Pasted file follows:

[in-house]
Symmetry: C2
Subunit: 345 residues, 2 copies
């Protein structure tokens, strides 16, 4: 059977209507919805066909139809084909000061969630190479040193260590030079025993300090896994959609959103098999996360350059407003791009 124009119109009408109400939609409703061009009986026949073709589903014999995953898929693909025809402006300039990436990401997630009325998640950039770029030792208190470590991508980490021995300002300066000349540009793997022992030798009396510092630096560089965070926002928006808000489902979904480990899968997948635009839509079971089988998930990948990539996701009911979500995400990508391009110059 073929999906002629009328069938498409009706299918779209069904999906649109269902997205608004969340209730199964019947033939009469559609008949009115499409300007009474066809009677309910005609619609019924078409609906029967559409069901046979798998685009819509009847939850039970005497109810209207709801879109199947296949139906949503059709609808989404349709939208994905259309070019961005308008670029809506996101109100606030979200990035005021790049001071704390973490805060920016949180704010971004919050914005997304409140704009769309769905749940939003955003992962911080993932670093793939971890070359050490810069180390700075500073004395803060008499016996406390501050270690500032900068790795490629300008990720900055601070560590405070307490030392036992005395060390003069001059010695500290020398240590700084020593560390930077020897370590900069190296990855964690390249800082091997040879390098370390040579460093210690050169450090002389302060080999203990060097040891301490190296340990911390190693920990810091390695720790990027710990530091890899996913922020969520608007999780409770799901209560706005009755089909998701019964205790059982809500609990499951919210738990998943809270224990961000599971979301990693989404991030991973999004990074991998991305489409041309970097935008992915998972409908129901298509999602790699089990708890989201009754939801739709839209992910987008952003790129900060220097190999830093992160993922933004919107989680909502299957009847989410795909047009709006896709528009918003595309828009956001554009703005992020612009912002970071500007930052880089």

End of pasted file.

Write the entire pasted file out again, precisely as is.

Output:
[in-house]
Symmetry: C2
Subunit: 345 residues, 2 copies
């Protein structure tokens, strides 16, 4: 059977209507919805066909139809084909000061969630190479040193260590030079025993300090896994959609959103098999996360350059407003791009 124009119109009408109400939609409703061009009986026949073709589903014999995953898929693909025809402006300039990436990401997630009325998640950039770029030792208190470590991508980490021995300002300066000349540009793997022992030798009396510092630096560089965070926002928006808000489902979904480990899968997948635009839509079971089988998930990948990539996701009911979500995400990508391009110059 073929999906002629009328069938498409009706299918779209069904999906649109269902997205608004969340209730199964019947033939009469559609008949009115499409300007009474066809009677309910005609619609019924078409609906029967559409069901046979798998685009819509009847939850039970005497109810209207709801879109199947296949139906949503059709609808989404349709939208994905259309070019961005308008670029809506996101109100606030979200990035005021790049001071704390973490805060920016949180704010971004919050914005997304409140704009769309769905749940939003955003992962911080993932670093793939971890070359050490810069180390700075500073004395803060008499016996406390501050270690500032900068790795490629300008990720900055601070560590405070307490030392036992005395060390003069001059010695500290020398240590700084020593560390930077020897370590900069190296990855964690390249800082091997040879390098370390040579460093210690050169450090002389302060080999203990060097040891301490190296340990911390190693920990810091390695720790990027710990530091890899996913922020969520608007999780409770799901209560706005009755089909998701019964205790059982809500609990499951919210738990998943809270224990961000599971979301990693989404991030991973999004990074991998991305489409041309970097935008992915998972409908129901298509999602790699089990708890989201009754939801739709839209992910987008952003790129900060220097190999830093992160993922933004919107989680909502299957009847989410795909047009709006896709528009918003595309828009956001554009703005992020612009912002970071500007930052880089």